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Regional Partners Collaborate to Create Biotechnology Incubator in Roanoke

Multiple public and private organizations are coming together to develop 40,000 square feet of lab space and business incubation programming in the innovation corridor.

The City of Roanoke, in partnership with Carilion Clinic, Virginia Tech Corporate Research Center, Verge, Fralin Biomedical Research Institute at VTC, and Virginia Western Community College, have announced a collaboration to build a biotechnology incubator in Roanoke.

The Virginia Department of Housing and Community Development approved the release of $15.7 million in funds awarded to the City of Roanoke to create 40,000 square feet of shared lab space. The project is a collaboration like no other for this region with partners that will build, manage, and develop programming in a building in the Roanoke Innovation Corridor.

Fralin Biomedical Research Institute at VTC

“Roanoke is building a strong case for companies to look at this region and say, ‘This is a place where I want to be,’” said Marc Nelson, City of Roanoke Director of Economic Development. “We are excited that so many partners were able to come together to make this project a reality in a relatively short period of time.”

“We are thankful that state, local governments, and private partners share the same vision to build the next step in our trajectory,” said Brett Malone, president & CEO of the Virginia Tech Corporate Research Center. “Heavy investments between multiple partners have led to a tipping point for biotech in this region. This is a model that can scale across the Commonwealth to support the growth of Virginia’s biotech industry.”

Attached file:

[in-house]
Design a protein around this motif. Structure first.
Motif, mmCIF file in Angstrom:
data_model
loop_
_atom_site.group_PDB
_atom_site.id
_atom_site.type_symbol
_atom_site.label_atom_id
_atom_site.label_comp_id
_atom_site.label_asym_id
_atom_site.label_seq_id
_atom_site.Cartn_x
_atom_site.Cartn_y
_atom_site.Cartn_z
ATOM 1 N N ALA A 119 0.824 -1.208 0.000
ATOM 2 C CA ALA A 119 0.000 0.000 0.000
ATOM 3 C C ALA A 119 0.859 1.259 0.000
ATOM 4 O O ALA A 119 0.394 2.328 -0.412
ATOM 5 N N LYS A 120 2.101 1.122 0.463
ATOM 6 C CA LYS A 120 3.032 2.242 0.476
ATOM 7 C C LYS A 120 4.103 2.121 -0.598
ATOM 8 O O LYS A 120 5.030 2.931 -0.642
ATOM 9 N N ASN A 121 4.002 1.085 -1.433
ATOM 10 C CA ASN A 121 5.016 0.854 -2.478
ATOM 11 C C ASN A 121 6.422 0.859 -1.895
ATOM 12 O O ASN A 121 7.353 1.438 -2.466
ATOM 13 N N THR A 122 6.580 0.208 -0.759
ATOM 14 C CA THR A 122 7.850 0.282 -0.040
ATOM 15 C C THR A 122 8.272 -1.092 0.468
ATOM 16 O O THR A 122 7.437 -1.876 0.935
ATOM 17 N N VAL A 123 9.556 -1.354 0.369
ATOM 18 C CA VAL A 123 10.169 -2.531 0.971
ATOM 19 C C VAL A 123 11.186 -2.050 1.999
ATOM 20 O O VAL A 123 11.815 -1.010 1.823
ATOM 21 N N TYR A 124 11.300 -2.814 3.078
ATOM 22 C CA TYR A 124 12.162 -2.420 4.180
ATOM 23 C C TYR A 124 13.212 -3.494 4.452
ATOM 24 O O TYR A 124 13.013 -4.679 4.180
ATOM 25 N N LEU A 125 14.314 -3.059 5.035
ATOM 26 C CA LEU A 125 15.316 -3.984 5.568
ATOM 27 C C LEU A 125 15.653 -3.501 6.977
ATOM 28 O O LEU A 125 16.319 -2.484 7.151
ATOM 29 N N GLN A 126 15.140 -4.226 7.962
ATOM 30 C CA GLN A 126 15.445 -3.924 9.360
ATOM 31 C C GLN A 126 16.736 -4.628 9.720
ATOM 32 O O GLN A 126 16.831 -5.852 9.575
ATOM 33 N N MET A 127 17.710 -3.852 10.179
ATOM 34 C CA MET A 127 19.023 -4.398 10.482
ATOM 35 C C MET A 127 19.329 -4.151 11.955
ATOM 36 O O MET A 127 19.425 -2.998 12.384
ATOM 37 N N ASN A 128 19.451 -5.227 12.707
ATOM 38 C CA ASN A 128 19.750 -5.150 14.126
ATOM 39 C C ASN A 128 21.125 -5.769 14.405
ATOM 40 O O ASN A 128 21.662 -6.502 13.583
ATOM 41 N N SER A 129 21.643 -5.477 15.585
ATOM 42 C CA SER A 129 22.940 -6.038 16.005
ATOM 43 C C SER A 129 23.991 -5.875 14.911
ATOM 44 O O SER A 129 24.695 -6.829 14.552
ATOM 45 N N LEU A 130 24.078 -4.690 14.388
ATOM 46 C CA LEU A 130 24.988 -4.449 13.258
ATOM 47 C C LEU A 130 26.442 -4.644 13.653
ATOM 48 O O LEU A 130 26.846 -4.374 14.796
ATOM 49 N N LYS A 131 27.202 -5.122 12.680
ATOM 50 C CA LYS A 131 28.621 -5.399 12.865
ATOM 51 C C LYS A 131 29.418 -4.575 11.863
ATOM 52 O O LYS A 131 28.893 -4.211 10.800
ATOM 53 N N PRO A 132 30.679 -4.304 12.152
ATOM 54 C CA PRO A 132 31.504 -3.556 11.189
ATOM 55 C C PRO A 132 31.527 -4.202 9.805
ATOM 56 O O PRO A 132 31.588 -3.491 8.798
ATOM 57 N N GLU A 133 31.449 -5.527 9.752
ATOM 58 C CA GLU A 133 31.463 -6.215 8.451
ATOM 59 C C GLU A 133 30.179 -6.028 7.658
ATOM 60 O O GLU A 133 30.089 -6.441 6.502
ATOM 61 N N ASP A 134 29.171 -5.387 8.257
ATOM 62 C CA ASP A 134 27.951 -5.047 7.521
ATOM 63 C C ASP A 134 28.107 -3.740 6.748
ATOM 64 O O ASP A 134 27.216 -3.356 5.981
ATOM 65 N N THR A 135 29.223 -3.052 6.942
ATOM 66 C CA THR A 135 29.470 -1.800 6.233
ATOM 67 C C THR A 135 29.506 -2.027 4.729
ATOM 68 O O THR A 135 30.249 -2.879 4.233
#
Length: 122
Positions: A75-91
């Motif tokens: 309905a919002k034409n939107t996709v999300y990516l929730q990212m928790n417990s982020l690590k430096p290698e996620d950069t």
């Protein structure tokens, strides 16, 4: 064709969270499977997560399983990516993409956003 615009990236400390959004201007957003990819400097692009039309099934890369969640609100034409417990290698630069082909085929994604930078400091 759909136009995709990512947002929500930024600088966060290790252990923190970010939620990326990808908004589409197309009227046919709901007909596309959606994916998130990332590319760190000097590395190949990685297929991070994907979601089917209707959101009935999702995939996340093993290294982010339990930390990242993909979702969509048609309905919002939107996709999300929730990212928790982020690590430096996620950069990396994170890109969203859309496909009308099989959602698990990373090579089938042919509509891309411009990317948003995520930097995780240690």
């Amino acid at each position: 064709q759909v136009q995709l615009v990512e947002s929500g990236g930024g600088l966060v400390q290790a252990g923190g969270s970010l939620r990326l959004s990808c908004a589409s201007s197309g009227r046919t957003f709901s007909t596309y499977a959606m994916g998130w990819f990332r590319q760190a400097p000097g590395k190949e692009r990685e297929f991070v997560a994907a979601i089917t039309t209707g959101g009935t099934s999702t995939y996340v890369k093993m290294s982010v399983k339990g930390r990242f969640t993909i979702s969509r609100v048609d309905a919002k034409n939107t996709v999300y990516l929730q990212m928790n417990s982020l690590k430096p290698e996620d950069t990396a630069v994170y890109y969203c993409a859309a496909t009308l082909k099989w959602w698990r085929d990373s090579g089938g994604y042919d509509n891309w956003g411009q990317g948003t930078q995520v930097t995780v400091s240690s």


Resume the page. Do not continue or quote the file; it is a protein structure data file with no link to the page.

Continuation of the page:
The collaborative effort looks like this:

  • The City of Roanoke will facilitate and manage the project and funds awarded through the state budget and contribute an additional $1.9 million match through American Rescue Plan Act funds.
  • Labs will be constructed in a building currently owned by Carilion Clinic at 1030 S. Jefferson Street in Roanoke. Carilion Clinic Innovation, joined by physicians and care teams with novel ideas to advance healthcare, will use the space to further their concepts.
  • The Virginia Tech Corporate Research Center will manage the facility’s planning, development and operations.